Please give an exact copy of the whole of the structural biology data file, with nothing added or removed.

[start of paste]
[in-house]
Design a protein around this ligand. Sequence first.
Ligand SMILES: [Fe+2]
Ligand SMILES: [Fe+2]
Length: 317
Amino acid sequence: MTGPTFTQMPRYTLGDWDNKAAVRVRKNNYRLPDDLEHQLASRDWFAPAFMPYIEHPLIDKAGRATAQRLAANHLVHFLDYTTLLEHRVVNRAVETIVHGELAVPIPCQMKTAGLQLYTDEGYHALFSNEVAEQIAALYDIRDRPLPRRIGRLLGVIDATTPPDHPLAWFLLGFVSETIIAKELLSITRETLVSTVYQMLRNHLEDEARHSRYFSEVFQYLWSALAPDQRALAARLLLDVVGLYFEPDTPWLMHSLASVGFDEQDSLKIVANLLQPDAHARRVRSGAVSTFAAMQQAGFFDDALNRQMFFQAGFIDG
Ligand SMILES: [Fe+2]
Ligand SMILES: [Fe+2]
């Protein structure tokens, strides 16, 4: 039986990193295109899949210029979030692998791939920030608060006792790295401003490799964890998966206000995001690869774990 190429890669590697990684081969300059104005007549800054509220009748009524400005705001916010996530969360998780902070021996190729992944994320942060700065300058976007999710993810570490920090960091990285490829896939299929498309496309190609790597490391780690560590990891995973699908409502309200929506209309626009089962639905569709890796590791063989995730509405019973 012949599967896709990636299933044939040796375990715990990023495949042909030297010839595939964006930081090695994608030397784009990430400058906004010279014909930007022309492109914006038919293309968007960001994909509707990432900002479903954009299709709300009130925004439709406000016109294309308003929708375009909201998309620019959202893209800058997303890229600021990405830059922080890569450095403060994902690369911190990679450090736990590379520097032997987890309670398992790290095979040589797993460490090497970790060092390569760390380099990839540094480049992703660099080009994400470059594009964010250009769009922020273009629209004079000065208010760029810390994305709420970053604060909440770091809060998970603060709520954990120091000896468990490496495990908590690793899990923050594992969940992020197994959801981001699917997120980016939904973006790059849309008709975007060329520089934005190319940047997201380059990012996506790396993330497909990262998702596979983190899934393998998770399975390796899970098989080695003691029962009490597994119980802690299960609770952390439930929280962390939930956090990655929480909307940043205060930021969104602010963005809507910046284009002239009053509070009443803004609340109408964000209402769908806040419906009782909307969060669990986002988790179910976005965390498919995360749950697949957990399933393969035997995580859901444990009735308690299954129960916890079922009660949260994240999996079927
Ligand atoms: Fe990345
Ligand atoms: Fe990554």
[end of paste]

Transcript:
[in-house]
Design a protein around this ligand. Sequence first.
Ligand SMILES: [Fe+2]
Ligand SMILES: [Fe+2]
Length: 317
Amino acid sequence: MTGPTFTQMPRYTLGDWDNKAAVRVRKNNYRLPDDLEHQLASRDWFAPAFMPYIEHPLIDKAGRATAQRLAANHLVHFLDYTTLLEHRVVNRAVETIVHGELAVPIPCQMKTAGLQLYTDEGYHALFSNEVAEQIAALYDIRDRPLPRRIGRLLGVIDATTPPDHPLAWFLLGFVSETIIAKELLSITRETLVSTVYQMLRNHLEDEARHSRYFSEVFQYLWSALAPDQRALAARLLLDVVGLYFEPDTPWLMHSLASVGFDEQDSLKIVANLLQPDAHARRVRSGAVSTFAAMQQAGFFDDALNRQMFFQAGFIDG
Ligand SMILES: [Fe+2]
Ligand SMILES: [Fe+2]
């Protein structure tokens, strides 16, 4: 039986990193295109899949210029979030692998791939920030608060006792790295401003490799964890998966206000995001690869774990 190429890669590697990684081969300059104005007549800054509220009748009524400005705001916010996530969360998780902070021996190729992944994320942060700065300058976007999710993810570490920090960091990285490829896939299929498309496309190609790597490391780690560590990891995973699908409502309200929506209309626009089962639905569709890796590791063989995730509405019973 012949599967896709990636299933044939040796375990715990990023495949042909030297010839595939964006930081090695994608030397784009990430400058906004010279014909930007022309492109914006038919293309968007960001994909509707990432900002479903954009299709709300009130925004439709406000016109294309308003929708375009909201998309620019959202893209800058997303890229600021990405830059922080890569450095403060994902690369911190990679450090736990590379520097032997987890309670398992790290095979040589797993460490090497970790060092390569760390380099990839540094480049992703660099080009994400470059594009964010250009769009922020273009629209004079000065208010760029810390994305709420970053604060909440770091809060998970603060709520954990120091000896468990490496495990908590690793899990923050594992969940992020197994959801981001699917997120980016939904973006790059849309008709975007060329520089934005190319940047997201380059990012996506790396993330497909990262998702596979983190899934393998998770399975390796899970098989080695003691029962009490597994119980802690299960609770952390439930929280962390939930956090990655929480909307940043205060930021969104602010963005809507910046284009002239009053509070009443803004609340109408964000209402769908806040419906009782909307969060669990986002988790179910976005965390498919995360749950697949957990399933393969035997995580859901444990009735308690299954129960916890079922009660949260994240999996079927
Ligand atoms: Fe990345
Ligand atoms: Fe990554």